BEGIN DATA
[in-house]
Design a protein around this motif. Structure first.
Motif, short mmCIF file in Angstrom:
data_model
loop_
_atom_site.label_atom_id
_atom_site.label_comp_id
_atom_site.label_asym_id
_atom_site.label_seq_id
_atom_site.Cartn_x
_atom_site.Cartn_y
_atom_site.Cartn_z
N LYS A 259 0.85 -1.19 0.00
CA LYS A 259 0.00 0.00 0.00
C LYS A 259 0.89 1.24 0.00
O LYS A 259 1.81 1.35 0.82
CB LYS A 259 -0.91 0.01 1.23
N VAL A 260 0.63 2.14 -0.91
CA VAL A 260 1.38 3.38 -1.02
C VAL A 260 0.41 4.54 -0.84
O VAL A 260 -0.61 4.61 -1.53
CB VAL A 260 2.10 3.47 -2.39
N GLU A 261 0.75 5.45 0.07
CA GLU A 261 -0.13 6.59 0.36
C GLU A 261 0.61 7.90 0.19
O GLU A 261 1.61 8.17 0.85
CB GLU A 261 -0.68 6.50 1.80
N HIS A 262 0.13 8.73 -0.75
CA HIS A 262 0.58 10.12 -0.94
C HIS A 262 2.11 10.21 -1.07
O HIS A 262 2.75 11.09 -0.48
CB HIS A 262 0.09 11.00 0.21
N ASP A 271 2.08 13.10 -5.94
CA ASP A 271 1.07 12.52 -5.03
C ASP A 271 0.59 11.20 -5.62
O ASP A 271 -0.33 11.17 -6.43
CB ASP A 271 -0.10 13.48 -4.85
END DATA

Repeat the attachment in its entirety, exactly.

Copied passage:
[in-house]
Design a protein around this motif. Structure first.
Motif, short mmCIF file in Angstrom:
data_model
loop_
_atom_site.label_atom_id
_atom_site.label_comp_id
_atom_site.label_asym_id
_atom_site.label_seq_id
_atom_site.Cartn_x
_atom_site.Cartn_y
_atom_site.Cartn_z
N LYS A 259 0.85 -1.19 0.00
CA LYS A 259 0.00 0.00 0.00
C LYS A 259 0.89 1.24 0.00
O LYS A 259 1.81 1.35 0.82
CB LYS A 259 -0.91 0.01 1.23
N VAL A 260 0.63 2.14 -0.91
CA VAL A 260 1.38 3.38 -1.02
C VAL A 260 0.41 4.54 -0.84
O VAL A 260 -0.61 4.61 -1.53
CB VAL A 260 2.10 3.47 -2.39
N GLU A 261 0.75 5.45 0.07
CA GLU A 261 -0.13 6.59 0.36
C GLU A 261 0.61 7.90 0.19
O GLU A 261 1.61 8.17 0.85
CB GLU A 261 -0.68 6.50 1.80
N HIS A 262 0.13 8.73 -0.75
CA HIS A 262 0.58 10.12 -0.94
C HIS A 262 2.11 10.21 -1.07
O HIS A 262 2.75 11.09 -0.48
CB HIS A 262 0.09 11.00 0.21
N ASP A 271 2.08 13.10 -5.94
CA ASP A 271 1.07 12.52 -5.03
C ASP A 271 0.59 11.20 -5.62
O ASP A 271 -0.33 11.17 -6.43
CB ASP A 271 -0.10 13.48 -4.85